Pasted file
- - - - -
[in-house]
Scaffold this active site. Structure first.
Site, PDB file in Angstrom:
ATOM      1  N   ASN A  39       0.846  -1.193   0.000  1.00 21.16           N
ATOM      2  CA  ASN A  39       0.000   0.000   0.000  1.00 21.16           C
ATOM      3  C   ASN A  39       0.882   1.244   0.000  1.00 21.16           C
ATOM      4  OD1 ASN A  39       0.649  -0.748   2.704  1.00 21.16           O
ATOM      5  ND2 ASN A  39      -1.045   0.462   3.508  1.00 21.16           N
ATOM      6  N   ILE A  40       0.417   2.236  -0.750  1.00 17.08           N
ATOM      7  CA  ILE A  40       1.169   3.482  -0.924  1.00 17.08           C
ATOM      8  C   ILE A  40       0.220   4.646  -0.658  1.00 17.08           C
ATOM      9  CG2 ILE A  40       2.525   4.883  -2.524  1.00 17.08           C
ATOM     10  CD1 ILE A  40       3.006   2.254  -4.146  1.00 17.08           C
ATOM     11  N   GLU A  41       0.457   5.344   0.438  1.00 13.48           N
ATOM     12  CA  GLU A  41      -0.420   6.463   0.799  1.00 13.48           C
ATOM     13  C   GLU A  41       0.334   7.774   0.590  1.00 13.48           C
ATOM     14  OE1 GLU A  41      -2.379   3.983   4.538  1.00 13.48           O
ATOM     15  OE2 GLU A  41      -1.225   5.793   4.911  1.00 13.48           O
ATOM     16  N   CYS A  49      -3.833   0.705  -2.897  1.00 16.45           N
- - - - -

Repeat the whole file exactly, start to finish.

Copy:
[in-house]
Scaffold this active site. Structure first.
Site, PDB file in Angstrom:
ATOM      1  N   ASN A  39       0.846  -1.193   0.000  1.00 21.16           N
ATOM      2  CA  ASN A  39       0.000   0.000   0.000  1.00 21.16           C
ATOM      3  C   ASN A  39       0.882   1.244   0.000  1.00 21.16           C
ATOM      4  OD1 ASN A  39       0.649  -0.748   2.704  1.00 21.16           O
ATOM      5  ND2 ASN A  39      -1.045   0.462   3.508  1.00 21.16           N
ATOM      6  N   ILE A  40       0.417   2.236  -0.750  1.00 17.08           N
ATOM      7  CA  ILE A  40       1.169   3.482  -0.924  1.00 17.08           C
ATOM      8  C   ILE A  40       0.220   4.646  -0.658  1.00 17.08           C
ATOM      9  CG2 ILE A  40       2.525   4.883  -2.524  1.00 17.08           C
ATOM     10  CD1 ILE A  40       3.006   2.254  -4.146  1.00 17.08           C
ATOM     11  N   GLU A  41       0.457   5.344   0.438  1.00 13.48           N
ATOM     12  CA  GLU A  41      -0.420   6.463   0.799  1.00 13.48           C
ATOM     13  C   GLU A  41       0.334   7.774   0.590  1.00 13.48           C
ATOM     14  OE1 GLU A  41      -2.379   3.983   4.538  1.00 13.48           O
ATOM     15  OE2 GLU A  41      -1.225   5.793   4.911  1.00 13.48           O
ATOM     16  N   CYS A  49      -3.833   0.705  -2.897  1.00 16.45           N